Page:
Good morning from Augusta. It is the day after Election Day. Here’s your soundtrack, and here’s the results and photos from the day if you have not checked them out.
QUOTE OF THE DAY: “It is historic. We’ve never seen anything like this,” Secretary of State Matt Dunlap said of Maine’s voter turnout, which was expected to set records once all towns were tallied. “The discussion around our national future, or the future of our state and future of our individual communities, is really what’s generated this election to record numbers.”
What we are watching today
In a heavily partisan environment, ticket-splitters seem likely to decide Maine’s surprising and varied elections. Former Vice President Joe Biden, a Democrat, cruised to a victory in Maine statewide — though the presidential race remains deeply uncertain nationally — while Sen. Susan Collins, a Republican, has all but clinched a fifth term over House Speaker Sara Gideon. Democrats appeared to win both congressional races relatively easily.
Our sleep-deprived brains may not be able to fully process the results so far, but this election is going to lead to weeks and months of analysis of how polling and conventional wisdom missed the mark this year. Collins trailed in every public, independent survey of her race this year. Those polls captured a wide amount of ticket-splitting, but not as much as we saw yesterday.
Across Maine, Collins is running far ahead of President Donald Trump, her party’s nominee. The incumbent Republican sits at 50.5 percent of votes, potentially positioning her to avoid a ranked-choice runoff, compared with 43.6 percent for the president. Trump is up in the 2nd Congressional District, with 52 percent of votes, compared with 45.2 percent for Biden. But Rep. Jared Golden, a Democrat from Lewiston, is also looking at a victory with 53.4 percent of votes.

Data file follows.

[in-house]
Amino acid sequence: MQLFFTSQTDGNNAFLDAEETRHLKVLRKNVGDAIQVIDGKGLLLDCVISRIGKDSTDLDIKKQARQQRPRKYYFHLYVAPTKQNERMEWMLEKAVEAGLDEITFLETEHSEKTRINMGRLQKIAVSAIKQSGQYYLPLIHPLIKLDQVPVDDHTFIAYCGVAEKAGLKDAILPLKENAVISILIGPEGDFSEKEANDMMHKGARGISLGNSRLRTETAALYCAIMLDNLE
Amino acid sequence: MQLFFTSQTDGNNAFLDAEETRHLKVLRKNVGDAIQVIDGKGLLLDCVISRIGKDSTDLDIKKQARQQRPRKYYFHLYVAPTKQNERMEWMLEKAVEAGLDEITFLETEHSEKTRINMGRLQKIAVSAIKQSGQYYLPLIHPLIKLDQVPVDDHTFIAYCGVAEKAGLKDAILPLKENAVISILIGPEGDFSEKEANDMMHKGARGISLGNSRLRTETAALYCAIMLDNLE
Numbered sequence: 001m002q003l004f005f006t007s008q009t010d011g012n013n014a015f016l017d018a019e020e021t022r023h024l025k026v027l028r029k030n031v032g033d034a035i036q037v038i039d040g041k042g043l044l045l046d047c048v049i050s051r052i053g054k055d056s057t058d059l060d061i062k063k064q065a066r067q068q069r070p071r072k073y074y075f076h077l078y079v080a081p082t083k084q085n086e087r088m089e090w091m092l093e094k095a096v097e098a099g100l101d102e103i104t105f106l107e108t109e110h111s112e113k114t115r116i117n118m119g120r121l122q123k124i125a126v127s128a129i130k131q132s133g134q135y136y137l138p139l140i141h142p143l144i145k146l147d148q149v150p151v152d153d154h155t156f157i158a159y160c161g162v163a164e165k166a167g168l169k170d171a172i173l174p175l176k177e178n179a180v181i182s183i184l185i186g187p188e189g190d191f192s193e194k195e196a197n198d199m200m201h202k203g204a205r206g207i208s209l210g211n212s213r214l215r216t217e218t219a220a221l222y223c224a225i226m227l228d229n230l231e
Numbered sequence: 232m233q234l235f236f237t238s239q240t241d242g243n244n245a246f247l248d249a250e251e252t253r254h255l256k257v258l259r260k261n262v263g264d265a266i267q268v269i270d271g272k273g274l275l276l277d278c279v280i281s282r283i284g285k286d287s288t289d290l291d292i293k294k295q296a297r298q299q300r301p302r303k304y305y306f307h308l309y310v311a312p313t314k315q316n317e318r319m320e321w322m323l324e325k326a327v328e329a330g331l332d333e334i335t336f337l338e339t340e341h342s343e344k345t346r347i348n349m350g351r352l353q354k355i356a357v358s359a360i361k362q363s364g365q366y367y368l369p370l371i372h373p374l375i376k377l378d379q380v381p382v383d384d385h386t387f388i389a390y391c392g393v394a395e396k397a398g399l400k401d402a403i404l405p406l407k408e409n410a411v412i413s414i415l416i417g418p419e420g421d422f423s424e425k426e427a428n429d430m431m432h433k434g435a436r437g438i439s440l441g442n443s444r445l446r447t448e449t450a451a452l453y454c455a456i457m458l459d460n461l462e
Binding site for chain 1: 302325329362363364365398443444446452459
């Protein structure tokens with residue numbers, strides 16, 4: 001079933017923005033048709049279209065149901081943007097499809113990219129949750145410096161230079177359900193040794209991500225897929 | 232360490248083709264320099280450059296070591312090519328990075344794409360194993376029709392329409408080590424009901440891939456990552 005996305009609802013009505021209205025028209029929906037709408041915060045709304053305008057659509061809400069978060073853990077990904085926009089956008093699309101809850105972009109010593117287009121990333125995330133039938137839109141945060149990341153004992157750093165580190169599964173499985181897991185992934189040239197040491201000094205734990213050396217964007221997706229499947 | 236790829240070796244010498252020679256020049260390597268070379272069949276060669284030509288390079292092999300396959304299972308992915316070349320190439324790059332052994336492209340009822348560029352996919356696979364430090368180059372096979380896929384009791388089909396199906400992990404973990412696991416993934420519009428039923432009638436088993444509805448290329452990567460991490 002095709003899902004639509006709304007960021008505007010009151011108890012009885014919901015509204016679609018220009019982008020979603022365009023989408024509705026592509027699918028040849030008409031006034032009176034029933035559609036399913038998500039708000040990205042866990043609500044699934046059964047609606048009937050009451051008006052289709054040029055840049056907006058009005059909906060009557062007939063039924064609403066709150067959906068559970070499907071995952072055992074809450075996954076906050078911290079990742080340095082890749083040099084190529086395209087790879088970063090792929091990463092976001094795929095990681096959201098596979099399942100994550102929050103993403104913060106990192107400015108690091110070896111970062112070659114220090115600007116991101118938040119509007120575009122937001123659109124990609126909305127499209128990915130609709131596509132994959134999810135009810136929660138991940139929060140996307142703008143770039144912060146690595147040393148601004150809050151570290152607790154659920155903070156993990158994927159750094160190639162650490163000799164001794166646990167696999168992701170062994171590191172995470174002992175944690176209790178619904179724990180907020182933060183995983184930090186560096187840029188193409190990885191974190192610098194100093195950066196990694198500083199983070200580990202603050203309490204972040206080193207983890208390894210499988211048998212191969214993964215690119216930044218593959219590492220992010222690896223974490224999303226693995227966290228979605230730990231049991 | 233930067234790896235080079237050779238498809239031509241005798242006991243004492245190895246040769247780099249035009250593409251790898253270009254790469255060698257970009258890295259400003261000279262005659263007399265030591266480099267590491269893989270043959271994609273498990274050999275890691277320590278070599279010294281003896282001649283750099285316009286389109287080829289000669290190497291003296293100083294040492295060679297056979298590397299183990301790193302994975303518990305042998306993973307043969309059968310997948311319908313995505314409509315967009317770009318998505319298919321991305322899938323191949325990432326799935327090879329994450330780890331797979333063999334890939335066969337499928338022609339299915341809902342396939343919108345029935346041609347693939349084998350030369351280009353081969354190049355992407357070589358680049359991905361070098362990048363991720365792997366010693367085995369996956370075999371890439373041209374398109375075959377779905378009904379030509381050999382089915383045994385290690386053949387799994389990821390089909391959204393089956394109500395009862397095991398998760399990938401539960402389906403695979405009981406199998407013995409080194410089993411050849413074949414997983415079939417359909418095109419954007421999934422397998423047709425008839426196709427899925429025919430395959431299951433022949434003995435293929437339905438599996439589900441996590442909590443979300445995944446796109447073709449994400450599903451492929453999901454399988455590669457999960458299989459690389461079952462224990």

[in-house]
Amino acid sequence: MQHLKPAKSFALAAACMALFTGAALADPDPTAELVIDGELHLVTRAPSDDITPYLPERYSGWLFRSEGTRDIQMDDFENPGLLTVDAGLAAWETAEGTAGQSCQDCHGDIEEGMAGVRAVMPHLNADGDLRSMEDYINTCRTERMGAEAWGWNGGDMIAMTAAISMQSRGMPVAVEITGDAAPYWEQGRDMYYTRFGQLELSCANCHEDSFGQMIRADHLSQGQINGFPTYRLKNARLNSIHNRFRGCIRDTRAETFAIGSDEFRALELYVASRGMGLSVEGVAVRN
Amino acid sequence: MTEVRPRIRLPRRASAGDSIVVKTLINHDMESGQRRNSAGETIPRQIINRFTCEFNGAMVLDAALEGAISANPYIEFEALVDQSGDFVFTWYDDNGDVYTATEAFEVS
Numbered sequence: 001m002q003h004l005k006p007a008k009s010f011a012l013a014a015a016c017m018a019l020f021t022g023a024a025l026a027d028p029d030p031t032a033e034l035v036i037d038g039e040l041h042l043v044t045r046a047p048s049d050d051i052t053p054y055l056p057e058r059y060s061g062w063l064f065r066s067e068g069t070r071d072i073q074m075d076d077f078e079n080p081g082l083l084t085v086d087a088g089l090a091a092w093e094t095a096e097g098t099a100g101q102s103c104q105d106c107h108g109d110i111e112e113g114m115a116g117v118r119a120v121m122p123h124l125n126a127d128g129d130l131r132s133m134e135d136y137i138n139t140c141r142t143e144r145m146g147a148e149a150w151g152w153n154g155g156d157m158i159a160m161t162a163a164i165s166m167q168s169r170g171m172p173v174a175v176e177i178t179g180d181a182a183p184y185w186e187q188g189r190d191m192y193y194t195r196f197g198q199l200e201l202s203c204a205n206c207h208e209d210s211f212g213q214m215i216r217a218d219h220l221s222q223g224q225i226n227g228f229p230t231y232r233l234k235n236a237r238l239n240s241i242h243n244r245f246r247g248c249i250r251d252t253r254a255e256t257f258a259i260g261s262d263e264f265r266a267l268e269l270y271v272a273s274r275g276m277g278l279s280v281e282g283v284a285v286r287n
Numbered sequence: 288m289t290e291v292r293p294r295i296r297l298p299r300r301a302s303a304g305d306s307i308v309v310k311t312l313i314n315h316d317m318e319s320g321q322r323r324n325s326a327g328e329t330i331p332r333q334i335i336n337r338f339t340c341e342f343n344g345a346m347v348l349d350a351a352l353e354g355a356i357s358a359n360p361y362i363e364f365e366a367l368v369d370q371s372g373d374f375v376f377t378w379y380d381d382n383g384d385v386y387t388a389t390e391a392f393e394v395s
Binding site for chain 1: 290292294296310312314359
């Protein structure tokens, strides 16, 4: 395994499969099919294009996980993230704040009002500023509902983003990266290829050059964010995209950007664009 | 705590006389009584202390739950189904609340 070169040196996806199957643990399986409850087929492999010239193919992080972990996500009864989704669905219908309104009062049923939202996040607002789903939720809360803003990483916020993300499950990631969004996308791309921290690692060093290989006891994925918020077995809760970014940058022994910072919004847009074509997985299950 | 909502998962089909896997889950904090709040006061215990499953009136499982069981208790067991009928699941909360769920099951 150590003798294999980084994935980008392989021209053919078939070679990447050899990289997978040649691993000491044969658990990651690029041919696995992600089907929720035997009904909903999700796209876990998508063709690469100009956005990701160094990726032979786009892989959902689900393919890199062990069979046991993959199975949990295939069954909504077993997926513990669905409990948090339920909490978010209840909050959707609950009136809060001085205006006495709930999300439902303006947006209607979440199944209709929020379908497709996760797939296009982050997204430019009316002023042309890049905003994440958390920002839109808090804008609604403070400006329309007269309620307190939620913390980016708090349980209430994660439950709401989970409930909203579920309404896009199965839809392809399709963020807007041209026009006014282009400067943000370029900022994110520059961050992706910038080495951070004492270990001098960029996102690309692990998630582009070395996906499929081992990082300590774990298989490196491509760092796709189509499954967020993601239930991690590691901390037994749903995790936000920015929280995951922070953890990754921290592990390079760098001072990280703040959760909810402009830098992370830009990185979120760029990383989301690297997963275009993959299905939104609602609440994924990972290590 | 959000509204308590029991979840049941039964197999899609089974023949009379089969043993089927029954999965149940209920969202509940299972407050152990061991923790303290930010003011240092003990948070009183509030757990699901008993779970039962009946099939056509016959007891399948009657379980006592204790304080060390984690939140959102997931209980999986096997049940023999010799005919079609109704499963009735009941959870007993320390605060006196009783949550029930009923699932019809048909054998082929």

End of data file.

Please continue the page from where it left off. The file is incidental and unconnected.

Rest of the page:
Polls in the past few months indicated that ticket-splitting likely to benefit both Collins and Golden — who showed crossover appeal with voters who preferred the other party’s presidential nominee — more than others. Gideon is in a poor position because she could not keep up with fellow Democrats at the top of the ticket.
You see this most strikingly in the towns that backed Trump, Collins and Golden. Those towns include Rumford — which we profiled before the election — as well as Brewer, Ellsworth, Jay and Millinocket. In Sanford, Biden, Collins and U.S. Rep. Chellie Pingree won. These places were the story of this election as we know it.
The Maine politics top 3
— “Maine Democrats oust top GOP lawmaker, but Republicans gain House seats in mixed election,” Caitlin Andrews, Bangor Daily News: “Minority Republicans gained at least eight seats in the Maine House of Representatives on Tuesday, but Democrats unseated the top Senate Republican in a mixed election that will only slightly change the political landscape in the second half of Gov. Janet Mills’ first term.”
— “Portland boosts minimum wage to $15 as it passes wave of progressive policies,” Nick Schroeder, BDN: “Voters passed four of five measures progressive activists got onto the ballot Tuesday, including one that will push the city’s minimum wage to $15 an hour and cap increases on rent. The other measures will bolster an existing ban on the public use of facial recognition software and enact new environmental standards for publicly funded housing developments.”
A coastal town also upped its minimum wage. Voters in Rockland approved hiking the minimum wage to $15 per hour by 2024, with 65 percent in favor. The law only applies to businesses with more than 25 employees.
— “Maine regulators deny requests to reconsider renewable energy projects,” Lori Valigra, BDN: “I find that the procurement was conducted fairly, consistent with statutory requirements and the procurement announcement,” said commission Chairman Philip Bartlett while dismissing Clearway Renew LLC of California Longroad Energy of Massachusetts’ complaints that the bid process for state renewable energy project was flawed.
Today’s Daily Brief was written by Michael Shepherd and Jessica Piper. If you’re reading this on the BDN’s website or were forwarded it, email email@example.com (we’re setting up a new subscriber page soon) to subscribe to it via email.
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